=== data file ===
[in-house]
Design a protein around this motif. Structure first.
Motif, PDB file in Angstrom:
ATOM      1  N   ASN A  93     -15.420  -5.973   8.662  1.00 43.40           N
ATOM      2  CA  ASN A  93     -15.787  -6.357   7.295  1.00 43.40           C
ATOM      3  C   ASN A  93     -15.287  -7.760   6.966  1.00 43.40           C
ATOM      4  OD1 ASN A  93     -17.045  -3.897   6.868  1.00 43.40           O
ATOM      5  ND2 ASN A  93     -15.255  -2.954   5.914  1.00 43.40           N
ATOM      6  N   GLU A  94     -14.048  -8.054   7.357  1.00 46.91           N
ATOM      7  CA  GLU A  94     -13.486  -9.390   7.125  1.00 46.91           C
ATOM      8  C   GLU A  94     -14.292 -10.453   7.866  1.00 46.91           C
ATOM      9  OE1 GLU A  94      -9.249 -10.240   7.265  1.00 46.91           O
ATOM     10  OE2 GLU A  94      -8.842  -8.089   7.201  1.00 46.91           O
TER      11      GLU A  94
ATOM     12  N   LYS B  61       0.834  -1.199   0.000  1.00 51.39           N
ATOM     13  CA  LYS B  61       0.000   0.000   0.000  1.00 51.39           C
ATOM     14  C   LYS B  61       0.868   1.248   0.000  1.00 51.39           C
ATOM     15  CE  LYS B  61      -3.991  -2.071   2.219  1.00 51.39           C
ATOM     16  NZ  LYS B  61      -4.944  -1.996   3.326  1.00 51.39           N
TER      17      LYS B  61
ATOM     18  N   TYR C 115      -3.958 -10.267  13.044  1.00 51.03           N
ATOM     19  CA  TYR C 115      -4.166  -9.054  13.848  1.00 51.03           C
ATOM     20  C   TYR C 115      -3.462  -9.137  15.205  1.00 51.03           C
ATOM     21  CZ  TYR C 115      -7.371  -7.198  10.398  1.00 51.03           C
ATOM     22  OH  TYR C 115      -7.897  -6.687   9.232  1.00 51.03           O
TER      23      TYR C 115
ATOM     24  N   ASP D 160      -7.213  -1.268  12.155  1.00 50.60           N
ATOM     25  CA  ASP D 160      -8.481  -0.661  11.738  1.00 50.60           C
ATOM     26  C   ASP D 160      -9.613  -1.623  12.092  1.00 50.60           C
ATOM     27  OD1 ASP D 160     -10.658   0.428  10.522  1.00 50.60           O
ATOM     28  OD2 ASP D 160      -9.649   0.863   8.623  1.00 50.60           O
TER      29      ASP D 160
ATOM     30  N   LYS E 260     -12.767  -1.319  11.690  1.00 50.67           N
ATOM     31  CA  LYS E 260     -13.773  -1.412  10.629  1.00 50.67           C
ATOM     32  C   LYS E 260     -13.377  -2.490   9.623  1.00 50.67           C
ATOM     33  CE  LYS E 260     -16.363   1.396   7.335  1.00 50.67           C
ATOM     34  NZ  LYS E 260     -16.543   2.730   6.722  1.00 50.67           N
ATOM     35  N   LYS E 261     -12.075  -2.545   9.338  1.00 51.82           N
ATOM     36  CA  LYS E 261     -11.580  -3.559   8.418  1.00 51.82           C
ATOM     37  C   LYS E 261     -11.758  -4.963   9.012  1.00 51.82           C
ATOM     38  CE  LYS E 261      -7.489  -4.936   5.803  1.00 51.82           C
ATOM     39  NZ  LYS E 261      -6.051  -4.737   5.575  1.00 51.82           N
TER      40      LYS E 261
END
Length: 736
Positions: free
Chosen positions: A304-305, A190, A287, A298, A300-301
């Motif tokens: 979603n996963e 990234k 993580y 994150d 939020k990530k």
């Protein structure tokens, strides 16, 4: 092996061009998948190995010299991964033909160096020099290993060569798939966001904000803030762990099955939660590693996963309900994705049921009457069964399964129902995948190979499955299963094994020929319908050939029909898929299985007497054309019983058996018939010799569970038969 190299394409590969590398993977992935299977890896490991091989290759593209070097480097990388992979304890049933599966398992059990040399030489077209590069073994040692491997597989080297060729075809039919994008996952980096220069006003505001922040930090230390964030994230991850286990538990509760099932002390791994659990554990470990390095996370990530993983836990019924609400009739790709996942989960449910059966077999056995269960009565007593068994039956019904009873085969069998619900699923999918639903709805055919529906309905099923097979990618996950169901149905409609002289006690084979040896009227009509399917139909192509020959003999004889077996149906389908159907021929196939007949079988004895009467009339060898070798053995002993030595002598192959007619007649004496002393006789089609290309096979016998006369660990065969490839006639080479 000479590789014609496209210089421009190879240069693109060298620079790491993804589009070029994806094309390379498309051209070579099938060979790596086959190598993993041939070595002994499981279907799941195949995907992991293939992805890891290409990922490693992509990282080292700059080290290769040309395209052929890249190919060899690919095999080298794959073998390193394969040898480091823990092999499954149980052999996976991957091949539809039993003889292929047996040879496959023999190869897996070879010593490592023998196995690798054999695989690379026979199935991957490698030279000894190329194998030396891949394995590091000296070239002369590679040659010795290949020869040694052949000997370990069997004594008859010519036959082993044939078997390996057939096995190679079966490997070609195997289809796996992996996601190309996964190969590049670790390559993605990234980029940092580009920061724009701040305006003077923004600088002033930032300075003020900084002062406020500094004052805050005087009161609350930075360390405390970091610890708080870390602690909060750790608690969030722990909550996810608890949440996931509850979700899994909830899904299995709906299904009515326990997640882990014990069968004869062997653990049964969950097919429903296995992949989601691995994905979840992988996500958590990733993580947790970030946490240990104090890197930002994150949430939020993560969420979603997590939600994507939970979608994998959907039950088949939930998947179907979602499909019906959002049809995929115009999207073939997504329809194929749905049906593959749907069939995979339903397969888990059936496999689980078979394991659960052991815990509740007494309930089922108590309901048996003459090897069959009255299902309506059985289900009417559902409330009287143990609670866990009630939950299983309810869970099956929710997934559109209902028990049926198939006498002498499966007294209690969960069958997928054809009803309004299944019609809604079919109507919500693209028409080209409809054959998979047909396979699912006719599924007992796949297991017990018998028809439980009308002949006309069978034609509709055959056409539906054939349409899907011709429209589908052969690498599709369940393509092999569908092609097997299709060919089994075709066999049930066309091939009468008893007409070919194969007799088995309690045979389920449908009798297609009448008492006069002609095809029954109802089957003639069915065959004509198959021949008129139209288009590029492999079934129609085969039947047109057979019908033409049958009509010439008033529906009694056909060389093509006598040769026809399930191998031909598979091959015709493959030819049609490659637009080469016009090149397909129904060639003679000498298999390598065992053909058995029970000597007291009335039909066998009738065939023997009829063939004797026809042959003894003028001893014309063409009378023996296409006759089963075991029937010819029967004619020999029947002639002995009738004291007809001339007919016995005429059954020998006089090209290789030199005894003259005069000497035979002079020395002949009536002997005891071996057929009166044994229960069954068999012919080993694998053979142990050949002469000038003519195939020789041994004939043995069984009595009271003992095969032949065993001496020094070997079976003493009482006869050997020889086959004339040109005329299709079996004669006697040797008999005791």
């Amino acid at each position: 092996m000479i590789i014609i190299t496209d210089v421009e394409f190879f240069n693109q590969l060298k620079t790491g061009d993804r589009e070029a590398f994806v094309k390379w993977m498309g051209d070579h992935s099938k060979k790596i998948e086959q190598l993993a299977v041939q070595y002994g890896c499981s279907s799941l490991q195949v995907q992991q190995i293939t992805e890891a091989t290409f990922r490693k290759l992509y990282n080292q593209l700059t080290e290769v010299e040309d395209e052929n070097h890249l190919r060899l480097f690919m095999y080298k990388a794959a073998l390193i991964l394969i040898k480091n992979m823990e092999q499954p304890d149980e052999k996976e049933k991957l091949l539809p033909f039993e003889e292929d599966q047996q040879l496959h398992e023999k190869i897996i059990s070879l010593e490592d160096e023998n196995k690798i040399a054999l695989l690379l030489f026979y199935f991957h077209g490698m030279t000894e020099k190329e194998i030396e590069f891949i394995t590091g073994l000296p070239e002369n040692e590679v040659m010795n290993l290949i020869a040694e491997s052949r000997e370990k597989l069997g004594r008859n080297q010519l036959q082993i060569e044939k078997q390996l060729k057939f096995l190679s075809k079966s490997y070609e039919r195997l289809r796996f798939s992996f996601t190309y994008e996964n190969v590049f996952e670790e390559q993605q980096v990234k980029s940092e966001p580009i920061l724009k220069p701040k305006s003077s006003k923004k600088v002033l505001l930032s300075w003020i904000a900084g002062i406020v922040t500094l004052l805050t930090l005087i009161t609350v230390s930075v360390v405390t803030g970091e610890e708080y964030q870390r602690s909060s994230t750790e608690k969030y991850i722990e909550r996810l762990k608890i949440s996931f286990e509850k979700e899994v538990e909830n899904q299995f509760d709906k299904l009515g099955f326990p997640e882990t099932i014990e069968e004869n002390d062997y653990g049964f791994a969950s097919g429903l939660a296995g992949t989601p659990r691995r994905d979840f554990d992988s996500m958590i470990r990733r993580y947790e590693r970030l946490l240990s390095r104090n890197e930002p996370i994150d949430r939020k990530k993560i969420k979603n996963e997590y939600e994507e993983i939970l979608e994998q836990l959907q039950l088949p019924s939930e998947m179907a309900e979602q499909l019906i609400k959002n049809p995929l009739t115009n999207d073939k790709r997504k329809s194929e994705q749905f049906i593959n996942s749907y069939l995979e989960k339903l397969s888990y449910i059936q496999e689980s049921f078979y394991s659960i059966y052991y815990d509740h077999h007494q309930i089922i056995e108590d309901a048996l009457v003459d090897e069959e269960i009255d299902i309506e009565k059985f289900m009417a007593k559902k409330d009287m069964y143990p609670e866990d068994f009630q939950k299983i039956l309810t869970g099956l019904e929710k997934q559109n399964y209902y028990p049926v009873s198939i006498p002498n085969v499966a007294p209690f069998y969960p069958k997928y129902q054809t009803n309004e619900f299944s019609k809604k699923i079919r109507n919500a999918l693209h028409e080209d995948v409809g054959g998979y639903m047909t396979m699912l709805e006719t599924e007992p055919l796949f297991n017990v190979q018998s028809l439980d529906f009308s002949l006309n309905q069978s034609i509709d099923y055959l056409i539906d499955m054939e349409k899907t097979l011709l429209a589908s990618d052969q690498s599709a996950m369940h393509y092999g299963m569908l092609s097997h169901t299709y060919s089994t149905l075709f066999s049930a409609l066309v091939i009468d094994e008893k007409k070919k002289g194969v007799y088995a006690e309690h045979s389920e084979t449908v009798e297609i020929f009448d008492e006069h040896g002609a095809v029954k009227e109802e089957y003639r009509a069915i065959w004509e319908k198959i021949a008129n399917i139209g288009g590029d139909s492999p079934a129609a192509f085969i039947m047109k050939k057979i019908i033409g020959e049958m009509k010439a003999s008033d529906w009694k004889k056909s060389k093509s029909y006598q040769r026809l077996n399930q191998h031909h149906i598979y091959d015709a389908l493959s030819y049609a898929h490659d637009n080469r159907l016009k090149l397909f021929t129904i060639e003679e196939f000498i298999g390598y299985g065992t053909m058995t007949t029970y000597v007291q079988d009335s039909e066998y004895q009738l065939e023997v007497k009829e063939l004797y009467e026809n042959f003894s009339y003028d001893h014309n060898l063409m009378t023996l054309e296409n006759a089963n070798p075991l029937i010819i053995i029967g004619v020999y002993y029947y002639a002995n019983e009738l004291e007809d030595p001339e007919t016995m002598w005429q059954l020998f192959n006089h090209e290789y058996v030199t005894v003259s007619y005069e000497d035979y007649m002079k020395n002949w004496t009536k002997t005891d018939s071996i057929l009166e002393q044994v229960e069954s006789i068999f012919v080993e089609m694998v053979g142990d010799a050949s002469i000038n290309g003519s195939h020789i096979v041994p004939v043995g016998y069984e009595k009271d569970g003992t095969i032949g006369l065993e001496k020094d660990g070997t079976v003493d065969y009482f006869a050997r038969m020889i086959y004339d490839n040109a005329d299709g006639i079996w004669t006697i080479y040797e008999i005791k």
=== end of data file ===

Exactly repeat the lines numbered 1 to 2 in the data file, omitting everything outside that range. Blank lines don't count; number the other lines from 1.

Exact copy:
[in-house]
Design a protein around this motif. Structure first.